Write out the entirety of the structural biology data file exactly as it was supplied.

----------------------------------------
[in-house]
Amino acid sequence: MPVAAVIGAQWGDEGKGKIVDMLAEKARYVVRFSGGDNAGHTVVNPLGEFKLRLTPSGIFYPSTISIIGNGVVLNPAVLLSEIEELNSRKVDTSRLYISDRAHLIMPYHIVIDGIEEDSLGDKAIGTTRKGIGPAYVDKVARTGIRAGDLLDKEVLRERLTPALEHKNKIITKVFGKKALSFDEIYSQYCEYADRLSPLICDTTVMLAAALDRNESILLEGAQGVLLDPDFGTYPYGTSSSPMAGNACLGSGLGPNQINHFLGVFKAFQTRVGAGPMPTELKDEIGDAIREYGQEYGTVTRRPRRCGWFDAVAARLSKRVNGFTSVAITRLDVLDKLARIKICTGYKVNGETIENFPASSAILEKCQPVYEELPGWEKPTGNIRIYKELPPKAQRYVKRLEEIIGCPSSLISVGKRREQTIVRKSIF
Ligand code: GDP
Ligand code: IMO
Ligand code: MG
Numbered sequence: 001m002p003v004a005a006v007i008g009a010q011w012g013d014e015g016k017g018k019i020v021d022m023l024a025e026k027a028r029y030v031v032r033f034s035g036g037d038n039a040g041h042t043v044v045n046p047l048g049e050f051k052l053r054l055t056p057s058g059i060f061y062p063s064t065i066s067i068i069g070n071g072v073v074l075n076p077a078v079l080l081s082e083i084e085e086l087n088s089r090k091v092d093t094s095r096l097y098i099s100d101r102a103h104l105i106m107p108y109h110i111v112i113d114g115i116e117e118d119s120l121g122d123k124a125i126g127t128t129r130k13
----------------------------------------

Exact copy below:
[in-house]
Amino acid sequence: MPVAAVIGAQWGDEGKGKIVDMLAEKARYVVRFSGGDNAGHTVVNPLGEFKLRLTPSGIFYPSTISIIGNGVVLNPAVLLSEIEELNSRKVDTSRLYISDRAHLIMPYHIVIDGIEEDSLGDKAIGTTRKGIGPAYVDKVARTGIRAGDLLDKEVLRERLTPALEHKNKIITKVFGKKALSFDEIYSQYCEYADRLSPLICDTTVMLAAALDRNESILLEGAQGVLLDPDFGTYPYGTSSSPMAGNACLGSGLGPNQINHFLGVFKAFQTRVGAGPMPTELKDEIGDAIREYGQEYGTVTRRPRRCGWFDAVAARLSKRVNGFTSVAITRLDVLDKLARIKICTGYKVNGETIENFPASSAILEKCQPVYEELPGWEKPTGNIRIYKELPPKAQRYVKRLEEIIGCPSSLISVGKRREQTIVRKSIF
Ligand code: GDP
Ligand code: IMO
Ligand code: MG
Numbered sequence: 001m002p003v004a005a006v007i008g009a010q011w012g013d014e015g016k017g018k019i020v021d022m023l024a025e026k027a028r029y030v031v032r033f034s035g036g037d038n039a040g041h042t043v044v045n046p047l048g049e050f051k052l053r054l055t056p057s058g059i060f061y062p063s064t065i066s067i068i069g070n071g072v073v074l075n076p077a078v079l080l081s082e083i084e085e086l087n088s089r090k091v092d093t094s095r096l097y098i099s100d101r102a103h104l105i106m107p108y109h110i111v112i113d114g115i116e117e118d119s120l121g122d123k124a125i126g127t128t129r130k13